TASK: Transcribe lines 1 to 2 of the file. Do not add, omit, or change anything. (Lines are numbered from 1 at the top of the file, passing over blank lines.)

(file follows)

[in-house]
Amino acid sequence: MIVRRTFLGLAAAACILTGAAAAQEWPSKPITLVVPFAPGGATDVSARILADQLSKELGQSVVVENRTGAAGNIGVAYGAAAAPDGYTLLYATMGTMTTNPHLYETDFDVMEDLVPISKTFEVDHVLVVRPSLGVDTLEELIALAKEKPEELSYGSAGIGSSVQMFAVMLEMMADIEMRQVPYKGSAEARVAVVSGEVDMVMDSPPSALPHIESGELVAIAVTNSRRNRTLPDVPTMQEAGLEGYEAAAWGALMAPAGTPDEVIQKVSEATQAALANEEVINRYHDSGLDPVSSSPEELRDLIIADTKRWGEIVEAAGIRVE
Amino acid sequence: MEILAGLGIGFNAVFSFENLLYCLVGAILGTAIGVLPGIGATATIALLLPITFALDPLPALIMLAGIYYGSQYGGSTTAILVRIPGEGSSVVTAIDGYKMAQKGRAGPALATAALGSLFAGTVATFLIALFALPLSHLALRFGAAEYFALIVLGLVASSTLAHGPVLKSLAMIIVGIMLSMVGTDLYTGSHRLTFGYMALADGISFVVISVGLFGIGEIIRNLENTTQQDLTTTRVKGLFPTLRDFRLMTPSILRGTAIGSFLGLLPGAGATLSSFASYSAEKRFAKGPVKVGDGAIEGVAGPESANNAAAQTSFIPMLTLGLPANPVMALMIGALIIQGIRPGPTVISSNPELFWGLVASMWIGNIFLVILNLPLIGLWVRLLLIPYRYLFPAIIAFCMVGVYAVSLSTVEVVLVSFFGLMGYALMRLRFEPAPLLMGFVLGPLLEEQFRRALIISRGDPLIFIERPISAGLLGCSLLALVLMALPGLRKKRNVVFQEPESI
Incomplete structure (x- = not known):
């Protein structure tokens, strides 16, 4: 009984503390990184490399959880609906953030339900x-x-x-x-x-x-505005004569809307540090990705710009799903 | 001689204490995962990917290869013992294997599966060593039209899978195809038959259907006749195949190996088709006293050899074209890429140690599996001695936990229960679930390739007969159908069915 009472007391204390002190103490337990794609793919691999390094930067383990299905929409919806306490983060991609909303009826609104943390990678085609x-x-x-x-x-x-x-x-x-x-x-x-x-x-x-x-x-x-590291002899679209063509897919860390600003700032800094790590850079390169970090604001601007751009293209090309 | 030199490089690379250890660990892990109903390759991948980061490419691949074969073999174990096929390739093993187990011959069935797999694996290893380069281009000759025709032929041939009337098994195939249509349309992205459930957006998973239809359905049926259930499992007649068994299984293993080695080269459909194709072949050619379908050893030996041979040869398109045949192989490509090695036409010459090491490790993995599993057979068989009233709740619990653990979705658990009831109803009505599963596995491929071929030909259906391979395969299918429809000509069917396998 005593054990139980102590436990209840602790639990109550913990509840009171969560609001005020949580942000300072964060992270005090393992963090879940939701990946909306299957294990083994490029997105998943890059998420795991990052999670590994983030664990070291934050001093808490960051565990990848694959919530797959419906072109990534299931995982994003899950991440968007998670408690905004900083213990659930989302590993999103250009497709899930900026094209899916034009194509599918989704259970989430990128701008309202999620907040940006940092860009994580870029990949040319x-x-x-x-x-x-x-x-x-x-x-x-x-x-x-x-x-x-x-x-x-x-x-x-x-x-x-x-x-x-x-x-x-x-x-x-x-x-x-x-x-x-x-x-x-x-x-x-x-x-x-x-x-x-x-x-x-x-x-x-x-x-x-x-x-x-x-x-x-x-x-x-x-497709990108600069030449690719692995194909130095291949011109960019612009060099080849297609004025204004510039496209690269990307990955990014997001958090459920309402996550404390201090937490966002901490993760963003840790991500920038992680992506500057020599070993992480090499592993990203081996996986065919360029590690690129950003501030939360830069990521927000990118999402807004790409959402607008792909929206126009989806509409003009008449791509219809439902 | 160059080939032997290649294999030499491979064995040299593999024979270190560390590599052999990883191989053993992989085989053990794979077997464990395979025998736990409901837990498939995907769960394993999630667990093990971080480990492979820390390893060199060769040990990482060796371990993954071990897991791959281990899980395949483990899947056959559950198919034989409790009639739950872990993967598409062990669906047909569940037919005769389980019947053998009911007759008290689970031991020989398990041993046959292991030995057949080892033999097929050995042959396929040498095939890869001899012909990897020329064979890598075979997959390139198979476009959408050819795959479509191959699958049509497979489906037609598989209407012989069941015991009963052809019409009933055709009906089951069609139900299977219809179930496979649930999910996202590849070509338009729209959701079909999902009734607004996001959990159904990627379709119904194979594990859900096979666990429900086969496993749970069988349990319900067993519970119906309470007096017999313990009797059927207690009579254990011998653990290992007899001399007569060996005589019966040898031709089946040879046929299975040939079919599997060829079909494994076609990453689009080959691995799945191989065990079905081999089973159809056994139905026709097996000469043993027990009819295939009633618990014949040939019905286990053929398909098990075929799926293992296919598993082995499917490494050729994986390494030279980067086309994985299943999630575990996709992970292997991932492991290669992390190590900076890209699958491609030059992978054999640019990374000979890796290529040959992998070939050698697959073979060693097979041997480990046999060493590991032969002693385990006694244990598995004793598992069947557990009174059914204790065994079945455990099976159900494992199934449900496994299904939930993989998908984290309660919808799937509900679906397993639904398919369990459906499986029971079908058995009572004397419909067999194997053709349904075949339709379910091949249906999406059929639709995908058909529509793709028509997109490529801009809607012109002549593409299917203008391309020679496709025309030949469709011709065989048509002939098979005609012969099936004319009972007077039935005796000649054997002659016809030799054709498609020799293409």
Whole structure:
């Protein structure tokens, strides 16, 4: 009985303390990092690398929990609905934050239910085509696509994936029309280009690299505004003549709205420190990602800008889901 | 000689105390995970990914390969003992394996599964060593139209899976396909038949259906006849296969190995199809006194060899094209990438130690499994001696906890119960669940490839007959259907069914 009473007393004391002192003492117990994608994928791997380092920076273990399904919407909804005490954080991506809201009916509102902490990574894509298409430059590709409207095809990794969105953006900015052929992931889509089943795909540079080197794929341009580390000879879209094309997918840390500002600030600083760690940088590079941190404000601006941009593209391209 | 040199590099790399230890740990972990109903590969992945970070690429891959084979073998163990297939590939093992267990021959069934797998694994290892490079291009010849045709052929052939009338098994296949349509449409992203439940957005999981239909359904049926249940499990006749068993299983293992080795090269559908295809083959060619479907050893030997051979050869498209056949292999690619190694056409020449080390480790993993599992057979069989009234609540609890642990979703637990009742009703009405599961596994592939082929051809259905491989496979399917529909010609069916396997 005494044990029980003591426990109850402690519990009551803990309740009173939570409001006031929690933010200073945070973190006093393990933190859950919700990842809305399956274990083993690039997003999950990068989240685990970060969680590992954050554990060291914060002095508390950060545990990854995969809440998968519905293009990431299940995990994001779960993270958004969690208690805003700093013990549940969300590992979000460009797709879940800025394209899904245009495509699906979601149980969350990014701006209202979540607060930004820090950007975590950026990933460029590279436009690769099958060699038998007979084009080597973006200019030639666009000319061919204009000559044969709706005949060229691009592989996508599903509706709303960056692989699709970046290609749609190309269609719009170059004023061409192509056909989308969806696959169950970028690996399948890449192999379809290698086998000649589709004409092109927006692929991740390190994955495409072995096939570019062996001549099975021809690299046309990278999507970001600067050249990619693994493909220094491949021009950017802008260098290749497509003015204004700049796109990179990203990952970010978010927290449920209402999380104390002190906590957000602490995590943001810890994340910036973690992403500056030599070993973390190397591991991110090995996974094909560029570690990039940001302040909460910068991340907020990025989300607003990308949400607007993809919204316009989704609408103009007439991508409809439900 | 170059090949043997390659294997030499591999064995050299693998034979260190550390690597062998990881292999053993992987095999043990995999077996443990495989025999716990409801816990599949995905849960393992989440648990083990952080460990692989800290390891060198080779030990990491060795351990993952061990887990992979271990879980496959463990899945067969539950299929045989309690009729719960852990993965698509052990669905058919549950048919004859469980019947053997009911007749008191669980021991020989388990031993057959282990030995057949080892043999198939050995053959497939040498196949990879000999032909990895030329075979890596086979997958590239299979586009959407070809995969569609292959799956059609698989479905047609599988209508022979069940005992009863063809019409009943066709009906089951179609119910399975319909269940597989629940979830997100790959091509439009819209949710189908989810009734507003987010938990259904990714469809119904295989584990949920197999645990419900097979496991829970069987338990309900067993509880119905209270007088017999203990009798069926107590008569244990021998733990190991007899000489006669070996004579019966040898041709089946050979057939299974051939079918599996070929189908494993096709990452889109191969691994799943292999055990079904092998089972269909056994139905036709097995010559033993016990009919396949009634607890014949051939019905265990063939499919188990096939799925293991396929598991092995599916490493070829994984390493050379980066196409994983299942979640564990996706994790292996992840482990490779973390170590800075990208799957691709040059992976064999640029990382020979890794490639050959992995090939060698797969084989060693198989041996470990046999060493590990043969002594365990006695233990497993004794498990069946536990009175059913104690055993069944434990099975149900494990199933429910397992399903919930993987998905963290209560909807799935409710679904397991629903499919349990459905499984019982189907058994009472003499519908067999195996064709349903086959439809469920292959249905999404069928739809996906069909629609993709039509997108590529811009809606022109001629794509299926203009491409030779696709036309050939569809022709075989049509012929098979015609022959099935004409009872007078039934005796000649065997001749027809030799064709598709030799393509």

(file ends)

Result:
[in-house]
Amino acid sequence: MIVRRTFLGLAAAACILTGAAAAQEWPSKPITLVVPFAPGGATDVSARILADQLSKELGQSVVVENRTGAAGNIGVAYGAAAAPDGYTLLYATMGTMTTNPHLYETDFDVMEDLVPISKTFEVDHVLVVRPSLGVDTLEELIALAKEKPEELSYGSAGIGSSVQMFAVMLEMMADIEMRQVPYKGSAEARVAVVSGEVDMVMDSPPSALPHIESGELVAIAVTNSRRNRTLPDVPTMQEAGLEGYEAAAWGALMAPAGTPDEVIQKVSEATQAALANEEVINRYHDSGLDPVSSSPEELRDLIIADTKRWGEIVEAAGIRVE